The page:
The two get dropped off via Uber on Pine Needle Road behind the ridge from the Boulder South launch site. Getting a ride is the only alternative to get there besides hiking up. They walk the rest of the way, which takes about 15 minutes — a courtesy to residents in the area.
Fleitas is consistently analyzing weather conditions for the perfect combination of wind speed — about 10 mph — and direction on the way to the launch site. By the time the two are ready to launch, they have to wait for these conditions — “para-waiting,” as Fleitas calls it. A group of paragliders are at the Boulder North launch site doing the same.
When the moment comes, Fleitas pulls the wing up behind them and the two sprint down the hill. Before you can blink, they’re in flight.
While paragliding is gaining attention in the U.S., it’s more popular in other places like Europe. There, pilots describe a culture that is more understanding of their sport, where landowners and governments often provide more flexibility in launch and landing sites.
Dusty Miller grew up in Boulder and works for RMHPA to ensure access to free flight. That includes maintaining positive relationships with landowners and government officials by regularly organizing trail maintenance events and meeting with Boulder Open Space and Mountain Parks. He’s grateful to be part of the community.
“It’s amazing being a part of this growing sport that is still relatively new,” he says. “It’s this exciting, uncharted frontier, where it’s just starting to really gain some traction, and more and more people are realizing that this is something they can do.”
Miller is working with the city to open new launches as the paragliding community grows, comparing the current one launch site option for paragliders to a mountain biking community with one trail. While he says those conversations are positive, factors like protecting native grasses or burrowing owls have prevented the establishment of additional sites.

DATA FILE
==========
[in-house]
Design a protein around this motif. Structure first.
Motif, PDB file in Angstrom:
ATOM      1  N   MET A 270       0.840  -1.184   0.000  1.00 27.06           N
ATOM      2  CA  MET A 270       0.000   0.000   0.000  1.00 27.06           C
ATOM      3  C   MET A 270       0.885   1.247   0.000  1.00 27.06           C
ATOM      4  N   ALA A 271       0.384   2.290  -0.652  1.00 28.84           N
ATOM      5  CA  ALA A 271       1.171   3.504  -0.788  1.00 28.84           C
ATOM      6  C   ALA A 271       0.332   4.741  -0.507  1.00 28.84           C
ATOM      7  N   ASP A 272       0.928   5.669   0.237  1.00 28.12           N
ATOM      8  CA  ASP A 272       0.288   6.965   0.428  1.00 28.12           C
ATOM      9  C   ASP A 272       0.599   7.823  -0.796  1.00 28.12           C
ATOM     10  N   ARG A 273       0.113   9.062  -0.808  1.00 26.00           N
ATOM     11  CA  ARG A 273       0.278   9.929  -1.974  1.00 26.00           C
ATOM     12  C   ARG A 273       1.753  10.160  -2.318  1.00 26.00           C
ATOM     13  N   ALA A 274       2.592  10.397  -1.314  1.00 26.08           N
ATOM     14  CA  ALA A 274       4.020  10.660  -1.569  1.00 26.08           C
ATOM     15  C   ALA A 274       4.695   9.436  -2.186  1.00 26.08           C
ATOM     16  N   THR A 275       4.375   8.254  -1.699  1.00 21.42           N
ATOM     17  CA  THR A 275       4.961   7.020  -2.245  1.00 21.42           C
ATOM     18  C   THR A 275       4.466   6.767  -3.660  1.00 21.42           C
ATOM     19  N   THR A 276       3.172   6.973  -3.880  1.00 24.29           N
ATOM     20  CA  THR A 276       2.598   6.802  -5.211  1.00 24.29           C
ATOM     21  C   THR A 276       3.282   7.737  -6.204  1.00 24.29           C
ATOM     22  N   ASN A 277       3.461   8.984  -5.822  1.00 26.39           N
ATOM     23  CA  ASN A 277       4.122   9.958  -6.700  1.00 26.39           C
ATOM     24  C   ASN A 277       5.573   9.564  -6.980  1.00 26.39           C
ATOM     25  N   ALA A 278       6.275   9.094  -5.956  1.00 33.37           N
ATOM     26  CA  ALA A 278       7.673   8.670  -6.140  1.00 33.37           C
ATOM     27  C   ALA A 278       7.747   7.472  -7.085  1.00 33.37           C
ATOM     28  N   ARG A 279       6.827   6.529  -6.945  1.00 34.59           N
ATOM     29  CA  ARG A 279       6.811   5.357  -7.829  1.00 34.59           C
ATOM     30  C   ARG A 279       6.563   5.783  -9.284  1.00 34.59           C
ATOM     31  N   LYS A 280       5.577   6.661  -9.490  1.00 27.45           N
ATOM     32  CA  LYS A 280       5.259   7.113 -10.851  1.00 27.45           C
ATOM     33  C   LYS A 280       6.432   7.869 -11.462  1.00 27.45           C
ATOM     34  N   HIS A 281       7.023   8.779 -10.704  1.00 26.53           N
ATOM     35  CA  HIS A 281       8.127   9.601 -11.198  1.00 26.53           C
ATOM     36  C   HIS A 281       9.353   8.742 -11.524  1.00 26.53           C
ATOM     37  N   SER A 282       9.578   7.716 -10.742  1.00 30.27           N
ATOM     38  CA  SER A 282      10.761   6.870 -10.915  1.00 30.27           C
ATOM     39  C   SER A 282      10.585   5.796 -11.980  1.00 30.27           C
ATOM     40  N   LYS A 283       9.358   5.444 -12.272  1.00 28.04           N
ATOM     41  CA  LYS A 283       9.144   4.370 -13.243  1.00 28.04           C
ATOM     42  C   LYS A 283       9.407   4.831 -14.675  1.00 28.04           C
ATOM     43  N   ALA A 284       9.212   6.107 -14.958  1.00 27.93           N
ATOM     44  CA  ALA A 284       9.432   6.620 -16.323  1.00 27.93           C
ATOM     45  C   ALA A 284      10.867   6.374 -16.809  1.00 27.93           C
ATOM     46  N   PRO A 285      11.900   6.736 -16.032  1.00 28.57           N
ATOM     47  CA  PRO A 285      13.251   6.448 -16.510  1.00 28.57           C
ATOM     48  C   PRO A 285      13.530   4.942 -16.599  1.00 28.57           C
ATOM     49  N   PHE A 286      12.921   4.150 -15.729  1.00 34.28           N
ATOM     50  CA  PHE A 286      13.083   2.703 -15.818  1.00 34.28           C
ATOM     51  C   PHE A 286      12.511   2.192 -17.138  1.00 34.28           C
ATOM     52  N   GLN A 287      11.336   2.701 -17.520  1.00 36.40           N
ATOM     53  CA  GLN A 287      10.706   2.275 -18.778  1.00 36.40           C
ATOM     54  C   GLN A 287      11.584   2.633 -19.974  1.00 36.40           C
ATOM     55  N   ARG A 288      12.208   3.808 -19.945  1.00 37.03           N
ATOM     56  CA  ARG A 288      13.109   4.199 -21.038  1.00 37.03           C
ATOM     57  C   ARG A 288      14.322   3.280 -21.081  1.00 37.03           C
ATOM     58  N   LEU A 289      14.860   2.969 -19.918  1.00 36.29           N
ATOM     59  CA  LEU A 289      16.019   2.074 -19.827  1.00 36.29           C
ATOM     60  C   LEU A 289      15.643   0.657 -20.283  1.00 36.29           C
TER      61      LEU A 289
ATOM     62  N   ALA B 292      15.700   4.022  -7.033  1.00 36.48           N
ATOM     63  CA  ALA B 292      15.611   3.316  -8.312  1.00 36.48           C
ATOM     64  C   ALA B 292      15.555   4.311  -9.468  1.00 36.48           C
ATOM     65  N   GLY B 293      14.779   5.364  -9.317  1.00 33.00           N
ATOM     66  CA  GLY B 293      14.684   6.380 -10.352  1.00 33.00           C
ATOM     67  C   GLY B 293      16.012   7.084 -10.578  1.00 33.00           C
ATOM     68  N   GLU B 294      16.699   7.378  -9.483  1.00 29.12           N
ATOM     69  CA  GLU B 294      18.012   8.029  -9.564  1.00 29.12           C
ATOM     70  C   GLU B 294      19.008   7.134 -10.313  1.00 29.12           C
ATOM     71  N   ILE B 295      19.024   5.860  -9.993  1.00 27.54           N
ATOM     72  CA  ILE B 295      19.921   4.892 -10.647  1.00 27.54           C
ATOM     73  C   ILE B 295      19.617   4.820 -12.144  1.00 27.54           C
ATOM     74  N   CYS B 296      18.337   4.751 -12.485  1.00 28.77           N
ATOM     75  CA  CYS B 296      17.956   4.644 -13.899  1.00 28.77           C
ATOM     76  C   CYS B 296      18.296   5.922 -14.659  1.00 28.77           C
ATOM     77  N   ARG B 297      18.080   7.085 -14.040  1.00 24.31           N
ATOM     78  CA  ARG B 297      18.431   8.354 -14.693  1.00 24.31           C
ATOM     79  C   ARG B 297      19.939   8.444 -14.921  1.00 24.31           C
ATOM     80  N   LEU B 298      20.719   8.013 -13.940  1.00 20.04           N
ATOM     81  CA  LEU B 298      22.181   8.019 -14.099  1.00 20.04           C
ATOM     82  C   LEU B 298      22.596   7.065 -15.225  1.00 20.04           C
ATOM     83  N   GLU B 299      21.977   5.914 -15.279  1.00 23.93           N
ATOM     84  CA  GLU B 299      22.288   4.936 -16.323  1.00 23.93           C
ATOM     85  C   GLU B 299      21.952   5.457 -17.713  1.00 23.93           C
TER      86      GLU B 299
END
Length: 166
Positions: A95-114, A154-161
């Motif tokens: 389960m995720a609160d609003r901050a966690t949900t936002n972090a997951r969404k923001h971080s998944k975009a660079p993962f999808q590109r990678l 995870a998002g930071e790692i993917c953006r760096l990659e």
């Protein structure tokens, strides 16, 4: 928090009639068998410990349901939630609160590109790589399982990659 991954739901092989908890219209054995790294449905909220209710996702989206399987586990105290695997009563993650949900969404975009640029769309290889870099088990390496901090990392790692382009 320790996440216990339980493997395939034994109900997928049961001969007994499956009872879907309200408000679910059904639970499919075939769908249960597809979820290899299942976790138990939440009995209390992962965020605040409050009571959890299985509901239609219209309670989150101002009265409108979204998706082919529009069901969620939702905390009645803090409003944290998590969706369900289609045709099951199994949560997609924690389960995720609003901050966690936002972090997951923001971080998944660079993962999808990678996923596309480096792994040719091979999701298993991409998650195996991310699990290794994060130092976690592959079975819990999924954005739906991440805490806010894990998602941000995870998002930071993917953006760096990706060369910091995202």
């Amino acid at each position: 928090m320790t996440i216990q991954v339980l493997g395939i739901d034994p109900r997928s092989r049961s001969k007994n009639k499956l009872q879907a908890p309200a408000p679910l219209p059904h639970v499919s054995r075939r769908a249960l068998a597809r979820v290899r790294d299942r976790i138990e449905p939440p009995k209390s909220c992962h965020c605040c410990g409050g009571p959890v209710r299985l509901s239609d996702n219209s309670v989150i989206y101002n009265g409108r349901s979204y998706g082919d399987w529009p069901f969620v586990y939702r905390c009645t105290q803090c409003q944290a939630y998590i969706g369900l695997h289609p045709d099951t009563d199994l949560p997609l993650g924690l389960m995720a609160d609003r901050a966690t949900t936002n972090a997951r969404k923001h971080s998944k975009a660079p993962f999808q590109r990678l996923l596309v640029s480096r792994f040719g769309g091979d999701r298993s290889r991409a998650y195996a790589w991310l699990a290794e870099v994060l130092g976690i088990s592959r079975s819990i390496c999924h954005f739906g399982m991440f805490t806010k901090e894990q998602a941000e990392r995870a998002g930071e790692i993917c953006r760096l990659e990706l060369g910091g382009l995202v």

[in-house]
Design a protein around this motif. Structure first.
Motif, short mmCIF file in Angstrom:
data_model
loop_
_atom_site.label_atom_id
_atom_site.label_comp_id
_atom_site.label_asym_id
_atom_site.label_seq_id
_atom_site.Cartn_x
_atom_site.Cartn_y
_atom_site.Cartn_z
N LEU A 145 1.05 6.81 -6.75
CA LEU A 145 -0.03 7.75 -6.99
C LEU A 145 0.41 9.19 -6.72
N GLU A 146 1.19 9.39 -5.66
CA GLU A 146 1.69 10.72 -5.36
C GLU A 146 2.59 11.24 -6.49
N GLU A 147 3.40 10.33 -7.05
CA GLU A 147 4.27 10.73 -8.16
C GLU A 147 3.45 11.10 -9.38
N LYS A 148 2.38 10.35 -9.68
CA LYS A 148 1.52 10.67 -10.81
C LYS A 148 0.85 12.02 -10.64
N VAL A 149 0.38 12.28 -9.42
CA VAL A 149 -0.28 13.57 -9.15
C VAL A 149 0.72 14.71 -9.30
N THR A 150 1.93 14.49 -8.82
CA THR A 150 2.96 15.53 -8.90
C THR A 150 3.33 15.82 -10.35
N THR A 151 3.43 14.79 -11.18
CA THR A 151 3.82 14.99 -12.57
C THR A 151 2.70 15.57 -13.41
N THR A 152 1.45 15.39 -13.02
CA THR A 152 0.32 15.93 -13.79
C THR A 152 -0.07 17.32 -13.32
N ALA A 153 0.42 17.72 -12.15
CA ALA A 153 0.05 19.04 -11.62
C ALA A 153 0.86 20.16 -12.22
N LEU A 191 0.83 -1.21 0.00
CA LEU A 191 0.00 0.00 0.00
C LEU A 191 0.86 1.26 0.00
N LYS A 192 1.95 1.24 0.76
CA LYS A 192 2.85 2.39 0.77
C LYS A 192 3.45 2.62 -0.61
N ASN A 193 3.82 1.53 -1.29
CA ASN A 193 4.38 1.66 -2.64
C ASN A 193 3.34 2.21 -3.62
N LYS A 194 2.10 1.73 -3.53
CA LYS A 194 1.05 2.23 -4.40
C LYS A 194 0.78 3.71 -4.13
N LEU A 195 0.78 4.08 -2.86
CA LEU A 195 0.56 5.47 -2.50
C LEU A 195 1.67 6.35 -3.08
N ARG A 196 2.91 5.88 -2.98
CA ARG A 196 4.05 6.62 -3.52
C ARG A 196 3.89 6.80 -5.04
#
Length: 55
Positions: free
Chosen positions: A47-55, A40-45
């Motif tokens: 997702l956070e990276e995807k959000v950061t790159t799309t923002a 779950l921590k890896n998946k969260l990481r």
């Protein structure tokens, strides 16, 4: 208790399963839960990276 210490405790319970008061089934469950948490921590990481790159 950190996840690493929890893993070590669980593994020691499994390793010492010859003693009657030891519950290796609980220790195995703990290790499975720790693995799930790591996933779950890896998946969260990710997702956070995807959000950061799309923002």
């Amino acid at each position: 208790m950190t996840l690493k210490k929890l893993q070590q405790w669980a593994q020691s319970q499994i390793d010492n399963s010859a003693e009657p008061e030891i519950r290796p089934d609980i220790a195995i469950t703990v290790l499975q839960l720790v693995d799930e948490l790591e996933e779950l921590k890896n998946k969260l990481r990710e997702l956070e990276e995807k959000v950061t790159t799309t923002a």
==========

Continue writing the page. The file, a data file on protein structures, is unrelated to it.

Despite this, Boulder is starting to make a name for itself as a destination for paragliders — where the tricky conditions and low elevation launches are becoming a proving ground of sorts for veteran pilots.
Miller calls Boulder a “world-class” site because it requires more skill to find lift than a typical launch site, and there isn’t as much time to do it because of the low elevation launch. This helps create lots of talented pilots in the community, Miller says.
Around here, it’s all about distance for experienced pilots. So far, there have been 13 flights from Wonderland Lake to Wyoming, which is nearly 100 miles.
Not everyone who flies is aiming for distance, though. Some enjoy it for the views.
“Flying in beautiful Boulder Colorado allows you to experience the magic of seeing the Rocky Mountains from above, the whole city from above, the Flatirons and the Continental Divide,” says Fleitas.
To really understand what it’s like and why they do it, Nider encourages participation.
“I think one of the biggest ways you can connect with the community is for people to just try it,” he says. “It’s not as dangerous as it may seem and it’s very beautiful.”
On a sunny day in Boulder, it’s typical to see a few paragliders high in the sky. Those who participate in the sport are hooked after their first launch.
“As I tell my students, I really haven’t come down since,” says Doub.